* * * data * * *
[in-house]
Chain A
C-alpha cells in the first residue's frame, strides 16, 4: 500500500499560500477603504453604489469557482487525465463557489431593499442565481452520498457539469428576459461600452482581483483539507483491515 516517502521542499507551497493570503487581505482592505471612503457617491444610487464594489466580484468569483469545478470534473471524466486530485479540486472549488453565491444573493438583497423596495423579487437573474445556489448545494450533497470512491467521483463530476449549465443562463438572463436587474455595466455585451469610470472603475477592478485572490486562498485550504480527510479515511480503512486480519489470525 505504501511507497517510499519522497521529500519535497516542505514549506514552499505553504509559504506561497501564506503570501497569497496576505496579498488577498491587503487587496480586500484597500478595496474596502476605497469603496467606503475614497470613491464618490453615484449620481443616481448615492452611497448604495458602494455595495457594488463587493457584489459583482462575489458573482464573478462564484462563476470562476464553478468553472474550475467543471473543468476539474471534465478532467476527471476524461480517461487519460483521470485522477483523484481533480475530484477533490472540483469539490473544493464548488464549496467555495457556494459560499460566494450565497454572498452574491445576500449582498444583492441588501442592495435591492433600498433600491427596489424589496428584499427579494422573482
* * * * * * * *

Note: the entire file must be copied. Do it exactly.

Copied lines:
[in-house]
Chain A
C-alpha cells in the first residue's frame, strides 16, 4: 500500500499560500477603504453604489469557482487525465463557489431593499442565481452520498457539469428576459461600452482581483483539507483491515 516517502521542499507551497493570503487581505482592505471612503457617491444610487464594489466580484468569483469545478470534473471524466486530485479540486472549488453565491444573493438583497423596495423579487437573474445556489448545494450533497470512491467521483463530476449549465443562463438572463436587474455595466455585451469610470472603475477592478485572490486562498485550504480527510479515511480503512486480519489470525 505504501511507497517510499519522497521529500519535497516542505514549506514552499505553504509559504506561497501564506503570501497569497496576505496579498488577498491587503487587496480586500484597500478595496474596502476605497469603496467606503475614497470613491464618490453615484449620481443616481448615492452611497448604495458602494455595495457594488463587493457584489459583482462575489458573482464573478462564484462563476470562476464553478468553472474550475467543471473543468476539474471534465478532467476527471476524461480517461487519460483521470485522477483523484481533480475530484477533490472540483469539490473544493464548488464549496467555495457556494459560499460566494450565497454572498452574491445576500449582498444583492441588501442592495435591492433600498433600491427596489424589496428584499427579494422573482